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The Ocean Blog

Invasive species can have a range of environmental and economic impacts. In this photo sea squirts foul an oyster cage. Scientists at the Smithsonian Environmental Research Center's Marine Invasions...
Bivalves brought up in a box corer from the deep Arctic seafloor.
From the giant squid to microscopic squid babies, squids are beautiful and fascinating. As cephalopods, the same family as octopuses and cuttlefish, they have no bones, and swim head-first through...
What can students do to help the ocean? It turns out, a lot! These students from Texas are among dozens from the U.S. and Mexico who are developing action plans on ocean and climate-related issues in...
These two nautiluses ( Nautilus belauensis ) are pictured off the coast of Palau in the Pacific Ocean. There are six living species of nautilus who live in chambered shells. As they get bigger, they...
Amanda Feuerstein with a nesting olive ridley ( Lepidochelys olivacea ). Feuerstein is a co-author of a study that surveyed algae, crustaceans, mollusks, and other epibionts that live on olive ridley...
This illustration shows the edge of a warm inland sea during the Cretaceous Period, heyday of the dinosaurs. Constantly shifting sediment supported new groups of organisms, including rudist clams—...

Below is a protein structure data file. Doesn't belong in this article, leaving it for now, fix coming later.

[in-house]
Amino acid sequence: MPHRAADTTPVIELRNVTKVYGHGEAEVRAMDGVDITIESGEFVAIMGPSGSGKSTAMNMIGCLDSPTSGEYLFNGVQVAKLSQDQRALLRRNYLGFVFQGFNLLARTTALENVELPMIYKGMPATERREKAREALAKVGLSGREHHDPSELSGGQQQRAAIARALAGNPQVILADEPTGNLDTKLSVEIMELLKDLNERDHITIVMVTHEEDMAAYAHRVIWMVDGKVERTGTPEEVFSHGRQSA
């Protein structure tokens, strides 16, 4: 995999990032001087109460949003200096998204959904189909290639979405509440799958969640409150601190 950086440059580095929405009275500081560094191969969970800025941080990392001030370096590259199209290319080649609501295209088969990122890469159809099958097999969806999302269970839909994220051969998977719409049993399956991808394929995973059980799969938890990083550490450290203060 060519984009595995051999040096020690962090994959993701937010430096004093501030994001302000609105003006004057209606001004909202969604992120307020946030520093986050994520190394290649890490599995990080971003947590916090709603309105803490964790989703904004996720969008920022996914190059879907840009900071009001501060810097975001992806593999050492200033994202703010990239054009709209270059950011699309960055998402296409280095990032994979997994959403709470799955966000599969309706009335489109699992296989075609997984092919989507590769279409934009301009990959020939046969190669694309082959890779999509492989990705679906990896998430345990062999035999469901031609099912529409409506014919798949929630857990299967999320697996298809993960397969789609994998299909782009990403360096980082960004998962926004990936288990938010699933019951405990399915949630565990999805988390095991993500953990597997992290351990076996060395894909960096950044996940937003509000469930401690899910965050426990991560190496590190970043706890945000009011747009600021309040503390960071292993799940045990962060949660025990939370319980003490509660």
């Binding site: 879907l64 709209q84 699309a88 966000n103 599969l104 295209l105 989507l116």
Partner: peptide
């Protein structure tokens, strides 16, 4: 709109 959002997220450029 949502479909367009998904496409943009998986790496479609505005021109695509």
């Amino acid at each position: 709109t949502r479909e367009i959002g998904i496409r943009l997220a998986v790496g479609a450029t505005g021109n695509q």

The Smithsonian's Department of Invertebrate Zoology has a collection of over 57,000 specimens from over 5,700 sites in the Gulf of Mexico, which are now catalogued on Google Earth . Below is a tiny...
Like it or not, giant squids are related to snails, clams, and even slugs. They are all mollusks and have soft, fleshy bodies. More can be found in the Giant Squid section .
This beautiful spider conch ( Lambis chiragra ) was collected by Census of Marine Life scientists conducting research near China.
Shellfish from the Chesapeake Bay are prized by seafood lovers. But the Bay's ecosystem and fisheries are threatened by human disturbances, including the introduction of non-native species. Non-...
Over a 10-year period NOAA scientists have collected 72,000 seawater samples, and their data show that the ocean is becoming more acidic because of climate change -caused warming. That small shift is...
Ocean acidification is sometimes called “climate change’s equally evil twin,” and for good reason: it's a significant and harmful consequence of excess carbon dioxide in the atmosphere that we don't...
These "elevator" rudists, an ancient bivalve, used one long heavy valve to anchor themselves in the sediment. They used their tentacles (shown here in pink) to filter food from the sea water. And...
Come one, come all! See the amazing, the astonishing, half-animal, half-plant! Journey to Tampa Bay, Florida, where scientist Skip Pierce and one of his students first made a remarkable discovery...
About 100 million years ago , during the heyday of the dinosaurs, reefs were built by mollusks called rudist clams. Like modern clams, rudists were bivalves , with two shells (or valves) joined at a...
Regardless of what continent you live on, the waters that surround it are home to marine invaders. The ocean is teeming with plants and animals willing and able to move beyond their native habitats...
In the spring of 2011, a research crew from Oceana spent two months in the brackish Baltic Sea . The Baltic faces challenges from pollution, algae blooms, over fishing, and invasive species. Oceana...
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